not attempt to write in the "large forms": no concertos, symphonic poems, not even
suites. Neither, as a rule, did he write for the ensembles that typically played concert
music. He kept his production tied to songs and dances, and to the standard
instrumentation of music in the urbanized folk tradition: in addition to voices (mostly
male), guitar, piano, native percussion (caja and bombo) and Indian or mestizo
instruments: charango (cordophone made from the body of an armadillo) or quena
(notched flute) 2. But (like several rock groups in the decade) he grouped his songs
into cycles, thus connotating aspirations to a more serious status than that of a mere

Other African masses related to these are mentioned (with links provided) in the web page
The inclusion of a harpsichord in the Misa criolla merits fuller consideration than can be afforded
composer of ditties 3. And he used his image as a serious popular composer to gain
access to prestigious venues and social circles; his crowning achievement would be
his presentations at the Coln Theatre in Buenos Aires, the musical temple of the
cultured Argentine bourgeoisie.
The composition of the Misa criolla was the first and fundamental step in the
road to such a recognition. His avoidance of the trappings of concert music of the
European tradition and the large-scale form-building processes (the mass is built as a
chain of songs, each lasting no more than three or four minutes, with occasional
recurrences) served to transfer the sacrality of its religious contents to the popular
song format, as well as to the folk idioms he chose to employa selection largely
coincident with the canon of Argentine national folklore established in the previous
decades. Ramrez took care to draw his resources from genres spanning the extremely
diverse musical geography of twentieth-century Argentina, but excluded musics that
had been branded as urban (tango), that were not yet perceived as folklricas
(chamam, cuarteto), or that were excluded from the canon on account of being
"ethnological" (musics of the Mapuche, or the Mb). In other words, the repertoire
and styles that represented "Argentineness" and that now was sanctified by its
capacity to convey the core concepts of the Catholic faith was restricted to a culture
that blended the Spanish with the Indian, to the exclusion of all other immigrants, of
the "pure" Spanish and the "pure" Indian. Just a few months before, Ramrez had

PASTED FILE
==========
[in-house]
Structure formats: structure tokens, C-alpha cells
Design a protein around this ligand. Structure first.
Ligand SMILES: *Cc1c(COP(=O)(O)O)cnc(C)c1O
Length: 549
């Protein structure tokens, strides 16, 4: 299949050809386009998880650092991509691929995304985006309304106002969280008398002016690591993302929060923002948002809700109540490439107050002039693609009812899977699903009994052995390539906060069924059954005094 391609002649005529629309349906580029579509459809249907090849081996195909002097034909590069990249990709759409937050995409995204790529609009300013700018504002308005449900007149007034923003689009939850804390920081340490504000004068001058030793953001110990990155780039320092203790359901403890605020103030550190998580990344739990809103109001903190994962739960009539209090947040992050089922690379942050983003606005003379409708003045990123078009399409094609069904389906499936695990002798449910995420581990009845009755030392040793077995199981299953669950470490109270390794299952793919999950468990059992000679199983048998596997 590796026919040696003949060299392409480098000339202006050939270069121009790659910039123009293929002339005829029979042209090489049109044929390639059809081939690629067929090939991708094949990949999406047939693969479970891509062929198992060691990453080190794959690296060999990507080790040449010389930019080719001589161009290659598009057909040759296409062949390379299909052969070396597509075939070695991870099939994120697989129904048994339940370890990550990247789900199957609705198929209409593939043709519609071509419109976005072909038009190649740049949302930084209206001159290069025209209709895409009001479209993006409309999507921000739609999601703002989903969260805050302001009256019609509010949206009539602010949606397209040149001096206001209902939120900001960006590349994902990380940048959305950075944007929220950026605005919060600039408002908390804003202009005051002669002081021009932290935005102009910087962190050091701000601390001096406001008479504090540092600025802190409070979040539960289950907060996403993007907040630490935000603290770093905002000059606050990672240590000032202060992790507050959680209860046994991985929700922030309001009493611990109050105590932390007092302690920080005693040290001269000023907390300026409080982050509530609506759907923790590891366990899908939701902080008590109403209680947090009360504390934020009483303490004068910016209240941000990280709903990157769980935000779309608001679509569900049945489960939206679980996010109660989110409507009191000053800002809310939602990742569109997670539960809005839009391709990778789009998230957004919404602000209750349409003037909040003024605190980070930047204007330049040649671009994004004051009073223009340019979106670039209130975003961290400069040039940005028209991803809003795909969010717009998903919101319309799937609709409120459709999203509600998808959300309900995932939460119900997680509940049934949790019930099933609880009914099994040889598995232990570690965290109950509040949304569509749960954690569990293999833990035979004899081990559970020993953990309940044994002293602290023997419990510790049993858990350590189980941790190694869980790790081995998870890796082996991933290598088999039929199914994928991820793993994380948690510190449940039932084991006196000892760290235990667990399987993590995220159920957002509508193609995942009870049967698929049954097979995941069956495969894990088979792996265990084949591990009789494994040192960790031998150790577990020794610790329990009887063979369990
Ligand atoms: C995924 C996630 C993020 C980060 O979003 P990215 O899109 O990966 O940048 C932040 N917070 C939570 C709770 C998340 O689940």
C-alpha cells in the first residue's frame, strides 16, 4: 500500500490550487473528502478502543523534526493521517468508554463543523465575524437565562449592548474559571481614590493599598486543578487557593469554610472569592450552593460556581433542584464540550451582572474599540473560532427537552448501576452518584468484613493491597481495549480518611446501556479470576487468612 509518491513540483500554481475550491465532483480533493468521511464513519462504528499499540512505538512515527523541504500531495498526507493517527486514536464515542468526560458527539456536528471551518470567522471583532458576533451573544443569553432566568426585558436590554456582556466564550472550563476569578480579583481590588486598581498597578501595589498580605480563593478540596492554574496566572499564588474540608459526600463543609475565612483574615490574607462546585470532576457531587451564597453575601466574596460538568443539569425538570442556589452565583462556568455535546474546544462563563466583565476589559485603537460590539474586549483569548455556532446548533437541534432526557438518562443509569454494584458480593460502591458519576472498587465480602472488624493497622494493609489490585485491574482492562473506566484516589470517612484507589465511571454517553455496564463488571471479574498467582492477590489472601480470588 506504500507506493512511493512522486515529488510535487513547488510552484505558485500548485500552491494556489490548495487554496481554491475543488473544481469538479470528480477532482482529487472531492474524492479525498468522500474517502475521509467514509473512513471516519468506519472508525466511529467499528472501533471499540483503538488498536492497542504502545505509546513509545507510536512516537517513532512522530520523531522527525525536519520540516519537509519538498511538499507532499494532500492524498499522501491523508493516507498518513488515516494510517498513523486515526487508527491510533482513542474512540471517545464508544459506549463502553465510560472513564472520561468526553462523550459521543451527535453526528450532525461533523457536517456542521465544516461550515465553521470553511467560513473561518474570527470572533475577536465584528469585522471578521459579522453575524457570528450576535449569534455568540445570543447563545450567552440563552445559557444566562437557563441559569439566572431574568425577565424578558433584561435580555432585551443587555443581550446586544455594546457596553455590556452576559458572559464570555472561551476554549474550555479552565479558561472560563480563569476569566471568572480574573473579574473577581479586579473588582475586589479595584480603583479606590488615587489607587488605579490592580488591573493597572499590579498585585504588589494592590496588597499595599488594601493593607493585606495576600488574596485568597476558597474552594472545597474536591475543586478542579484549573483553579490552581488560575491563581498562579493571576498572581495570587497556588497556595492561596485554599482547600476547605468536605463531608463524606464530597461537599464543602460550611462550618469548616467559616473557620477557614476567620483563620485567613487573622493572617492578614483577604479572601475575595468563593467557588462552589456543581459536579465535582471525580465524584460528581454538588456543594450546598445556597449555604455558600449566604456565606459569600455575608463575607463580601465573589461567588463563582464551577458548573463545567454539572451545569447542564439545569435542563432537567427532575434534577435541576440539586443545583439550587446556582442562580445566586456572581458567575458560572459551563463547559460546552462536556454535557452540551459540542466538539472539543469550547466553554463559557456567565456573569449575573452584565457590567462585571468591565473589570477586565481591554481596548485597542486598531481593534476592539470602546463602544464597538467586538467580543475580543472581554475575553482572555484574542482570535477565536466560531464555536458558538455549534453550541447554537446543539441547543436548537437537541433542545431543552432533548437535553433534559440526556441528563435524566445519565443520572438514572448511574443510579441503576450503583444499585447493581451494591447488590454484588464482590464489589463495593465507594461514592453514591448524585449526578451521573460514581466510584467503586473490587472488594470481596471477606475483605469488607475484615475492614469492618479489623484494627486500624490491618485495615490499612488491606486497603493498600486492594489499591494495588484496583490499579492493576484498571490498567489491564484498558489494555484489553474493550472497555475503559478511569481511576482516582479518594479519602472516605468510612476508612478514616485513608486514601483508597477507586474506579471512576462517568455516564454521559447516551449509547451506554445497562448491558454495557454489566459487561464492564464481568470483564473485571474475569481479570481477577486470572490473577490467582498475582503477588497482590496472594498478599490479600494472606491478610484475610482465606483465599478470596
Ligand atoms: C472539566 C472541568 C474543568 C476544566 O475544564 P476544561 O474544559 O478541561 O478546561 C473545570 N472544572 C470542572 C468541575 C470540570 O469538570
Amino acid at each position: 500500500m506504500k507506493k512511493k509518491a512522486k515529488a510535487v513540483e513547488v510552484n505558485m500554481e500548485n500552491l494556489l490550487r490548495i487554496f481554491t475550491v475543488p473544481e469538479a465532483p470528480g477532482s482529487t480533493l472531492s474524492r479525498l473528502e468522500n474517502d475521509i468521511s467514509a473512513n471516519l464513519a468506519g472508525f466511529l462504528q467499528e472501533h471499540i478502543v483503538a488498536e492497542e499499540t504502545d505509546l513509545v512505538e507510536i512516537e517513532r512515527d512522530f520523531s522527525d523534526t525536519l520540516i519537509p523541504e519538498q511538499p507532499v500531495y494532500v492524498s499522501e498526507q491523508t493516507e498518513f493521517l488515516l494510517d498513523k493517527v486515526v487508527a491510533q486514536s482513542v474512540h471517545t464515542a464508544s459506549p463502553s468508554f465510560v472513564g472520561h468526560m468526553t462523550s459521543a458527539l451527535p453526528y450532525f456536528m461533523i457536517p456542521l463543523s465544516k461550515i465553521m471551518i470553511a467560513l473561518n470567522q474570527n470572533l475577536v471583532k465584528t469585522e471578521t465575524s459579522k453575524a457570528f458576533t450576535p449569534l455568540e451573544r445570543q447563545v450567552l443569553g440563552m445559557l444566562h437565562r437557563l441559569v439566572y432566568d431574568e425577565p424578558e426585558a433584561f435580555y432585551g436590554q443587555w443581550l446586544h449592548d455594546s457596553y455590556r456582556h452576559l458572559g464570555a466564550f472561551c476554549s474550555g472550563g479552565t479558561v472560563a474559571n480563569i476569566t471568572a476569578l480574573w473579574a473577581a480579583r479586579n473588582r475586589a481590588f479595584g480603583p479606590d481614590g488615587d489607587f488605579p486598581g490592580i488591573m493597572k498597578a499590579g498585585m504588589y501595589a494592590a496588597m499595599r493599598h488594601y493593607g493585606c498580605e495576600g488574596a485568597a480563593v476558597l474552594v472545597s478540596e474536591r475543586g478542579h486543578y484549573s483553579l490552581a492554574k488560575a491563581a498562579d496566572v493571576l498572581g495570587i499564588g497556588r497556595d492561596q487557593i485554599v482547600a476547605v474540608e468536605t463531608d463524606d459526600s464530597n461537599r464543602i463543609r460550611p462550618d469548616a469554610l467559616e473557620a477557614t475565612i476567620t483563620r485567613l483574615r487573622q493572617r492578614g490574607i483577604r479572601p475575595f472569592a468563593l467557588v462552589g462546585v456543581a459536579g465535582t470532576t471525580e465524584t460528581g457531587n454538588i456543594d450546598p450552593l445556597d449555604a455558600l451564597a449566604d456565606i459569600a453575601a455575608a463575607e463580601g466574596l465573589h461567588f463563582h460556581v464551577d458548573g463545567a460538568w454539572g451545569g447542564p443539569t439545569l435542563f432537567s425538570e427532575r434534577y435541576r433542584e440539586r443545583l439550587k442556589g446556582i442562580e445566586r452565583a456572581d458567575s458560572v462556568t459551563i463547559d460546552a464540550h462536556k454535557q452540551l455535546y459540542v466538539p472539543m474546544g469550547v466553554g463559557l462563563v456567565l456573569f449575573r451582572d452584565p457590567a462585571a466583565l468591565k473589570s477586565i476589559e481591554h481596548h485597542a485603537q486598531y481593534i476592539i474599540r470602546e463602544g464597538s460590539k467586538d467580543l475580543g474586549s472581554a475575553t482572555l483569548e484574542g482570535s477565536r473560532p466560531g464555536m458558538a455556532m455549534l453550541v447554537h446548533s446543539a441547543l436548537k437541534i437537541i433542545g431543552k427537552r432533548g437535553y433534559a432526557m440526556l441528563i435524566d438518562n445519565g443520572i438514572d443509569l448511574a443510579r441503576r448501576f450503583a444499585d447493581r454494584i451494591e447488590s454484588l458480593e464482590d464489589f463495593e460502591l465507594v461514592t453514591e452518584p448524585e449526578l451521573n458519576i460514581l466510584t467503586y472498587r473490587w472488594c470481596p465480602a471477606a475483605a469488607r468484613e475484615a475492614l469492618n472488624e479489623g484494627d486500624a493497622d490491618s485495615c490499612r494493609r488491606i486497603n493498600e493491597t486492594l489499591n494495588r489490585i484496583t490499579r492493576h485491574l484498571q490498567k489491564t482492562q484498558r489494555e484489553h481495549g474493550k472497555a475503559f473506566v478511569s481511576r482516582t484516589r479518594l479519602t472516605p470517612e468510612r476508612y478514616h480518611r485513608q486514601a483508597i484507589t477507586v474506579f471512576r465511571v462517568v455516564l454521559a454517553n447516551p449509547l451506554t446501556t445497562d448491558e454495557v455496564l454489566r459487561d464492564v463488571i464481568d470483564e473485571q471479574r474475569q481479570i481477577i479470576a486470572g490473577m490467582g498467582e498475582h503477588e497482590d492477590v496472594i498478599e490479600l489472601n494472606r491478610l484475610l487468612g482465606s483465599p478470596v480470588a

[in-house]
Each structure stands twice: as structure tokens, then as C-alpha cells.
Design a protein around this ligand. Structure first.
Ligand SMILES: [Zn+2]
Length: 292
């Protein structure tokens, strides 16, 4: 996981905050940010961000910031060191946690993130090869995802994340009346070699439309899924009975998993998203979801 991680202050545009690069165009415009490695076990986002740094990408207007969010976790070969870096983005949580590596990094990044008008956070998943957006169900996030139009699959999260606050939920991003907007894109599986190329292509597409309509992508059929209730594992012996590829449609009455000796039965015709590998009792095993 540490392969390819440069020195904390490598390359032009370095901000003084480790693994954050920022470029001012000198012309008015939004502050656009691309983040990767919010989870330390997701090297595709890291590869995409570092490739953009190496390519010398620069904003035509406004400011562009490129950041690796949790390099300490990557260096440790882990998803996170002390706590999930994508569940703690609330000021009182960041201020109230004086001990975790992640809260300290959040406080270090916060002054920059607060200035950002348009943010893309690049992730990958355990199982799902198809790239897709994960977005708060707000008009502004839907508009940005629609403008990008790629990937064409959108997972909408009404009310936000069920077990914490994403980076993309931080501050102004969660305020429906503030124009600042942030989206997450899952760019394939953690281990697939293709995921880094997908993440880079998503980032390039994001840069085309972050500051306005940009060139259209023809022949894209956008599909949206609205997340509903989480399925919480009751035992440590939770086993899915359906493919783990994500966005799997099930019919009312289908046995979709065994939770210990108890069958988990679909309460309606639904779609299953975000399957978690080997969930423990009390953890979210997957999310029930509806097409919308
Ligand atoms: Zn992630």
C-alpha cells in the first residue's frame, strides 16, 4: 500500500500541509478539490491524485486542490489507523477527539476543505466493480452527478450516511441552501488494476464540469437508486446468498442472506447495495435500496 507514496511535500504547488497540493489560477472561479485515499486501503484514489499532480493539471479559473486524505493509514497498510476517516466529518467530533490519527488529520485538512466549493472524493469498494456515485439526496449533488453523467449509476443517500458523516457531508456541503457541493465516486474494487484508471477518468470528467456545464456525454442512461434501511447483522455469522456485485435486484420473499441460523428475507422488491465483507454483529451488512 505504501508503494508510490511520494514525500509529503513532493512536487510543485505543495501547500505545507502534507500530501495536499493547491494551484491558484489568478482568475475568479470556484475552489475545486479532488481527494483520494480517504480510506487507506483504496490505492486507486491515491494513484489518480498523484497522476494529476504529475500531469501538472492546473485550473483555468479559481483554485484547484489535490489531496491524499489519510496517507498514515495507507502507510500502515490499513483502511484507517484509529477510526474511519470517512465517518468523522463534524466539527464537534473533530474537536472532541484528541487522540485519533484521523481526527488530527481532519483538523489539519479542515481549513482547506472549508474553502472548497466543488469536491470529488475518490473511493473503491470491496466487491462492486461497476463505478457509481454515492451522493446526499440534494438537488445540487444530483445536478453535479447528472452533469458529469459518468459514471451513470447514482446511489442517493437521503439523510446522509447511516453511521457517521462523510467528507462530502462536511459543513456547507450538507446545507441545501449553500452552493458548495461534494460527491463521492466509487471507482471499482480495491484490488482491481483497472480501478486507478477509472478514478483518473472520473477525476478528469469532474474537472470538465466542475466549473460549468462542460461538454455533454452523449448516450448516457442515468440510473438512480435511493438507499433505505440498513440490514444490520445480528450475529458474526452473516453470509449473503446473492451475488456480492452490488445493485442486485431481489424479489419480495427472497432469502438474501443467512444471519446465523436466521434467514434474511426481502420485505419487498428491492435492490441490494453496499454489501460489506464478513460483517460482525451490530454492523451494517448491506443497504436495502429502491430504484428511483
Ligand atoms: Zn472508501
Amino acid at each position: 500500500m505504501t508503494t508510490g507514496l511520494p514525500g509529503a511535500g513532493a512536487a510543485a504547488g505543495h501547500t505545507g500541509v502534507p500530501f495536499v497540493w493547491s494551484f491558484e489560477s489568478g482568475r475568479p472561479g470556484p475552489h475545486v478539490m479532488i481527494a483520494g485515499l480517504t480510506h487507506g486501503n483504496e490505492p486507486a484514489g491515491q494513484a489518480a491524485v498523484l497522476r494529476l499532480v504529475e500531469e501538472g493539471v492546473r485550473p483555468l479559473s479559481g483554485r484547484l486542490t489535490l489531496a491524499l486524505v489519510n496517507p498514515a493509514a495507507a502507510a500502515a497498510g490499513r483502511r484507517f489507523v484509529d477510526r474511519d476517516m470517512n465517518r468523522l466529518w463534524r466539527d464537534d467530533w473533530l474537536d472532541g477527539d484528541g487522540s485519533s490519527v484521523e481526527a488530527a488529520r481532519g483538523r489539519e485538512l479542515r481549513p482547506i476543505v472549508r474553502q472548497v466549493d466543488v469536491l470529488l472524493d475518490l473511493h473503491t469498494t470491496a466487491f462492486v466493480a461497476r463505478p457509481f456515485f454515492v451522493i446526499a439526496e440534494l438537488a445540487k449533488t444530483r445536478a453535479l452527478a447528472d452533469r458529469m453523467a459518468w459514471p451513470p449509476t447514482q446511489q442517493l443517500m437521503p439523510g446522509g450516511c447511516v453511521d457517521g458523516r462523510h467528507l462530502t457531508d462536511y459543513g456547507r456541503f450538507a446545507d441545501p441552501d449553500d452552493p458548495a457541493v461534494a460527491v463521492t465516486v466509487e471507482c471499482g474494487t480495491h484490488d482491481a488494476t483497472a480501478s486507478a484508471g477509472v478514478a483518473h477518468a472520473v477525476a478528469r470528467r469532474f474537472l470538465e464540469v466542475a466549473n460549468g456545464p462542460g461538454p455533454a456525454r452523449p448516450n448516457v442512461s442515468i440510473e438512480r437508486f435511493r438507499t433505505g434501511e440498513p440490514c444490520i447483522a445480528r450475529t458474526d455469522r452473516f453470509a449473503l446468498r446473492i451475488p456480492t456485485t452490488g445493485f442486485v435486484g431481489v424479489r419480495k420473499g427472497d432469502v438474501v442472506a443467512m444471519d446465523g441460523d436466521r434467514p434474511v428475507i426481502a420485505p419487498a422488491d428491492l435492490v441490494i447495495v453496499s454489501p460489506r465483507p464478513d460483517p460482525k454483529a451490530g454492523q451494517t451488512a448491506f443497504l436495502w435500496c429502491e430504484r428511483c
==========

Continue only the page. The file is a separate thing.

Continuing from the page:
participated in a project called "Coronation of Folklore" a title symbolic of the
supreme status accorded to this practice. Photo In the Misa criolla, therefore, the
sacred character of the text and of its liturgical function, informs with sacrality both
the notion of a serious popular work of art and the idea of folklore as the highest seat
of the national soul.
Although the Missa criolla is the best known exemplar there are dozens of
other Latin American folk Masses. In the same year, 1964, Vicente Bianchi
composed his Misa a la chilena, which in later years he followed with two other folk-
based masses and other liturgical pieces; the famous composer and singer Chabuca
Granda created in Peru her Misa Criolla [de bodas] in 1968-69; a Canadian priest
gave origin in 1966 to the Misa panamericana or Misa mariachi in Cuernavaca,
Mexico; Carlos Alberto Pinto Fonseca composed the Misa afro-brasileira in 1971. At
Some of Ramrez's cycles: Navidad nuestra (1964); Los caudillos (1965); Mujeres Argentinas (1969);
Cantata sudamericana (1972); Misa por la paz y la justicia (1981).
least two complete settings use Cuban musical traditions: the Misa cubana by the
well-known zarzuela composer Rodrigo Prats (1971) and the more recent Misa
cubana a la Virgen de la Caridad del Cobre by Jos Mara Vitier (1996). There are
even settings of the Mass restricted to regional folk traditions, such as the Misa
santiaguea of 1988 (Santiago del Estero, in Argentina). Most of the foregoing can be
understood as exalting values similar to the ones we have discussed with respect to